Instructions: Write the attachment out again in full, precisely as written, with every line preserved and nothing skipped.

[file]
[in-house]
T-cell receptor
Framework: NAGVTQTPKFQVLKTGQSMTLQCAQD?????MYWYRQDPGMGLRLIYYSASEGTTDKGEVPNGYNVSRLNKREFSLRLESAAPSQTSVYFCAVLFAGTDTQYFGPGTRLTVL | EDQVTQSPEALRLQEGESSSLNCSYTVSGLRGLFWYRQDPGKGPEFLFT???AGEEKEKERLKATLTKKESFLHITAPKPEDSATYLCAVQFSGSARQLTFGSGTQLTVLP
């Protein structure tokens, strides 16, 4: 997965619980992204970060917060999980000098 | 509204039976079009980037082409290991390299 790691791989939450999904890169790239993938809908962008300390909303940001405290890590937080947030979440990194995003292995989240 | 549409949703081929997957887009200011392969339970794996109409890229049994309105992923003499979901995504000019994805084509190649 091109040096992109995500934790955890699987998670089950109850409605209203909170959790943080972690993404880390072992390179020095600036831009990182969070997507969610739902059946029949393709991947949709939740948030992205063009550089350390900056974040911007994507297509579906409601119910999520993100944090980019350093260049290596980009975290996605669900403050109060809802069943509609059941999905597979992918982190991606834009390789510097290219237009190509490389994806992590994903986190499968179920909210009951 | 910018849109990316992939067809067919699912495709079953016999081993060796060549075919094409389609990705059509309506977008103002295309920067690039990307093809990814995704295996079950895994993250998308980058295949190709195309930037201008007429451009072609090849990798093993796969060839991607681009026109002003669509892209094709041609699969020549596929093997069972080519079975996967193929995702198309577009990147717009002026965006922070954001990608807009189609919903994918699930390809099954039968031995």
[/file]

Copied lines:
[in-house]
T-cell receptor
Framework: NAGVTQTPKFQVLKTGQSMTLQCAQD?????MYWYRQDPGMGLRLIYYSASEGTTDKGEVPNGYNVSRLNKREFSLRLESAAPSQTSVYFCAVLFAGTDTQYFGPGTRLTVL | EDQVTQSPEALRLQEGESSSLNCSYTVSGLRGLFWYRQDPGKGPEFLFT???AGEEKEKERLKATLTKKESFLHITAPKPEDSATYLCAVQFSGSARQLTFGSGTQLTVLP
């Protein structure tokens, strides 16, 4: 997965619980992204970060917060999980000098 | 509204039976079009980037082409290991390299 790691791989939450999904890169790239993938809908962008300390909303940001405290890590937080947030979440990194995003292995989240 | 549409949703081929997957887009200011392969339970794996109409890229049994309105992923003499979901995504000019994805084509190649 091109040096992109995500934790955890699987998670089950109850409605209203909170959790943080972690993404880390072992390179020095600036831009990182969070997507969610739902059946029949393709991947949709939740948030992205063009550089350390900056974040911007994507297509579906409601119910999520993100944090980019350093260049290596980009975290996605669900403050109060809802069943509609059941999905597979992918982190991606834009390789510097290219237009190509490389994806992590994903986190499968179920909210009951 | 910018849109990316992939067809067919699912495709079953016999081993060796060549075919094409389609990705059509309506977008103002295309920067690039990307093809990814995704295996079950895994993250998308980058295949190709195309930037201008007429451009072609090849990798093993796969060839991607681009026109002003669509892209094709041609699969020549596929093997069972080519079975996967193929995702198309577009990147717009002026965006922070954001990608807009189609919903994918699930390809099954039968031995």